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A Radical Parenting Theory

A Radical Parenting Theory

Jewish wisdom is silent on whether or not you should use the Ferber method because, contrary to popular belief, it is not a moral issue.

by

I was poking through different parenting magazines and I happened upon Brain, Child: the magazine for thinking mothers. I like to believe that just like all mothers are working mothers, all mothers are thinking mothers. Nevertheless, I was intrigued by the title, and more intrigued when I read the editor's soapbox in the fall 2005 edition.

Discussing lactivism, the editor wrote, "But there is a line, at least in my mind, between supporting the nursing mother and insisting that you know the best thing for her family. Breastfeeding, like so much else, is just one part of what makes up a mother/child relationship. And we at Brain, Child have faith that mothers can make the best decisions for themselves and their children."

I couldn't agree more. While the Torah mandates that we teach our children certain appropriate behaviors and values, Jewish wisdom is silent on whether you should use the Ferber method of gradually reducing the time it takes for your child to cry himself to sleep or whether you should pick her your child whenever he cries. It doesn't prescribe feeding on demand or on a fixed schedule. And the Torah doesn't comment on the complexity of factors that affect a mother's decision whether to breastfeed or not.

It's ironic that a society that preaches "live and let live" when it comes to a range of controversial behaviors, is outraged if a mother refuses to breastfeed.

That's because, contrary to popular belief, these are NOT moral choices. These issues involve personal preferences, personal abilities, personal medical histories. Only when we are not focused on the moral challenges in the rest of our lives, on the constant opportunities for character growth and change, do we have the time to elevate a baby's sleeping patterns to such a status.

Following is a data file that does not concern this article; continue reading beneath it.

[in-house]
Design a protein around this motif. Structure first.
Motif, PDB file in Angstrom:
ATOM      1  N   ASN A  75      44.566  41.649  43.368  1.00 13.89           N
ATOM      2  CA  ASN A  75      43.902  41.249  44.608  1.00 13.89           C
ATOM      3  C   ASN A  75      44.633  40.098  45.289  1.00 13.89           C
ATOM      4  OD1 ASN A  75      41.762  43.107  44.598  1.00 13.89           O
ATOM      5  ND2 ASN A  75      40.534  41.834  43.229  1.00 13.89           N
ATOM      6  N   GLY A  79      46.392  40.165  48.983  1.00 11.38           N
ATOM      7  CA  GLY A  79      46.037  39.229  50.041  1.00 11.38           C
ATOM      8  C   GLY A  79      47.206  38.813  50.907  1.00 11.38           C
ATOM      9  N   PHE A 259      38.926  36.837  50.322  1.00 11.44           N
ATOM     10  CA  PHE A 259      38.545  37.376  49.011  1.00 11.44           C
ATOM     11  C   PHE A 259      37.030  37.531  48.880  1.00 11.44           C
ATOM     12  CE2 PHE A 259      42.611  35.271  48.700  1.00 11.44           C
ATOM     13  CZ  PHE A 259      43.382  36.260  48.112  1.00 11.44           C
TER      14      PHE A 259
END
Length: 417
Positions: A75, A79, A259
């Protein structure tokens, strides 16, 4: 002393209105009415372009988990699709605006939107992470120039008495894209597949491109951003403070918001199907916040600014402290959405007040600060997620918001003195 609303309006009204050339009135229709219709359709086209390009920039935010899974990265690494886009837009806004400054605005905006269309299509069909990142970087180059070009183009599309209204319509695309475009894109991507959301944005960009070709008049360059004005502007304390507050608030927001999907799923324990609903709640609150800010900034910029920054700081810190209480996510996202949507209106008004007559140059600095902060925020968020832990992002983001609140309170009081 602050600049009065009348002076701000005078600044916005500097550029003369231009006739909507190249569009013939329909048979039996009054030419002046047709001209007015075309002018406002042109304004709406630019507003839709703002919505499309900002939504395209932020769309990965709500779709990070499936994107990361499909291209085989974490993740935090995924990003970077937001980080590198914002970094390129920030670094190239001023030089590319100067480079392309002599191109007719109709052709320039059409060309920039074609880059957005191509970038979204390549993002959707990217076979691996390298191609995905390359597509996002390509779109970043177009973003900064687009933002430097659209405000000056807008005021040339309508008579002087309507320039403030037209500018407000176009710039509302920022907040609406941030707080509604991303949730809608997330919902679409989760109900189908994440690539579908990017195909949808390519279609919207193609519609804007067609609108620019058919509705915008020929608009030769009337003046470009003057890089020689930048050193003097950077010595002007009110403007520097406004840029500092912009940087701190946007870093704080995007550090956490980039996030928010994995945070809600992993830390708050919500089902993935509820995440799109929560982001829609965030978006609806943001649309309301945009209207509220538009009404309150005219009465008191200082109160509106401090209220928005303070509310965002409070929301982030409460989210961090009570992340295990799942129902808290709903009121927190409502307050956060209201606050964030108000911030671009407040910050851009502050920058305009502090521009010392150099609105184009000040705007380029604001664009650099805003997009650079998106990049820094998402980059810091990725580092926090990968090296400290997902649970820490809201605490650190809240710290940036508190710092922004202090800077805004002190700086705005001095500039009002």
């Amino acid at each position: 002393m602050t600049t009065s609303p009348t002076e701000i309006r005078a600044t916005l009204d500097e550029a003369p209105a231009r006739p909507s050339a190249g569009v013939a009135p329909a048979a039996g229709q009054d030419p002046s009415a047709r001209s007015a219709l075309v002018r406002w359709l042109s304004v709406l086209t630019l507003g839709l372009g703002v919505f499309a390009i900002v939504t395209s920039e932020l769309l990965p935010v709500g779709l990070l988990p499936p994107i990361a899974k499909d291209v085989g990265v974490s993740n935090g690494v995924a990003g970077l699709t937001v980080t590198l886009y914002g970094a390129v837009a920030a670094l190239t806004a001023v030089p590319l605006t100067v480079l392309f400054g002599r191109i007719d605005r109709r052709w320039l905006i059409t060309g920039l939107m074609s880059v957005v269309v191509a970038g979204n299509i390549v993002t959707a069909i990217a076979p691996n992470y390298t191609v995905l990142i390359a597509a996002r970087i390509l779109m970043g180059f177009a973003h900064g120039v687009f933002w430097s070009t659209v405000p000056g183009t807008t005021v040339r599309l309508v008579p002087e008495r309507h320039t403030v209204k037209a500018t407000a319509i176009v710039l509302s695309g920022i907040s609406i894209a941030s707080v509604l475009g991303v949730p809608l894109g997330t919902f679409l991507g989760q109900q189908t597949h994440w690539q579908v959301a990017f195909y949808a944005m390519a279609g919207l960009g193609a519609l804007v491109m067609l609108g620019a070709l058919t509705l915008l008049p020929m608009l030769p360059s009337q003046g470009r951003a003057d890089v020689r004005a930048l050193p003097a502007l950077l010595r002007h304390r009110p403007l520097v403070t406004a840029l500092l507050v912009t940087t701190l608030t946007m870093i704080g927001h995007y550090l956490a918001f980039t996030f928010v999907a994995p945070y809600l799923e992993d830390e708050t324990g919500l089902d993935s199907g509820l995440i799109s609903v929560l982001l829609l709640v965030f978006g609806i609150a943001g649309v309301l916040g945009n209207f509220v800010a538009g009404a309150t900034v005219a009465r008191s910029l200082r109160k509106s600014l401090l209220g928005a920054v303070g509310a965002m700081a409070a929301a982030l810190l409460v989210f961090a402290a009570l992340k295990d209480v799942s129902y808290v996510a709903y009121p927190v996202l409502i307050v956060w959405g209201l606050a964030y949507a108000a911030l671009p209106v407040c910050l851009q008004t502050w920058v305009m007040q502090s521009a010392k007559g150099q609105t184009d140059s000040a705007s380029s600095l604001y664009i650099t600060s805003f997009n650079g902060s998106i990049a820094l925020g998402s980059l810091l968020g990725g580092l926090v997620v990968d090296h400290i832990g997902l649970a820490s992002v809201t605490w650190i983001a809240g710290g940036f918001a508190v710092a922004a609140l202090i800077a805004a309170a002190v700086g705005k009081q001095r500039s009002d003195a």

It's ironic that a society that preaches "live and let live" when it comes to a range of controversial behaviors, is outraged if a mother refuses to breastfeed. Is she not entitled to be treated with tolerance? Should she be forced to explain her very private decision to the lactation police, to complete strangers?

We want certainty in parenting because it promotes the illusion of control. Yet so many of these issues don't have right and wrong components. And they certainly don't guarantee whether children will turn out healthy -- or good. Are you really a better parent if you make your own baby food?

As parents we can only do what we think is best within the range of our capabilities, encompassing both our strengths and our limitations. Some parents will sacrifice sleep in order not to let their infants cry. Some parents are physically incapable of such a strategy. Neither one is the correct way. Each parent must do what they can live with, what makes sense for them.

The Almighty is the Source of all morality. He is the Arbiter of right and wrong. If He declines to comment on how often to bathe a child, we don't need to turn it into a religious mandate.

We have to make important decisions and trade-offs. A less frazzled mother with a slightly dirty child? A smiling wife and frozen pizza for dinner? A day out with a friend with a lunch of Cheerios and a jar of Beech-nut for your baby?

Parenting is messy -- in all respects. What works for one child may not work for another. What works at one phase of a parent's life may not work at another. The essence of our job is to instill love and Jewish values. All the rest is incidental.

Just as we don't want to judge others on their parenting styles and abilities (unless there is, God forbid, real danger to the child), neither do we wish to be judged.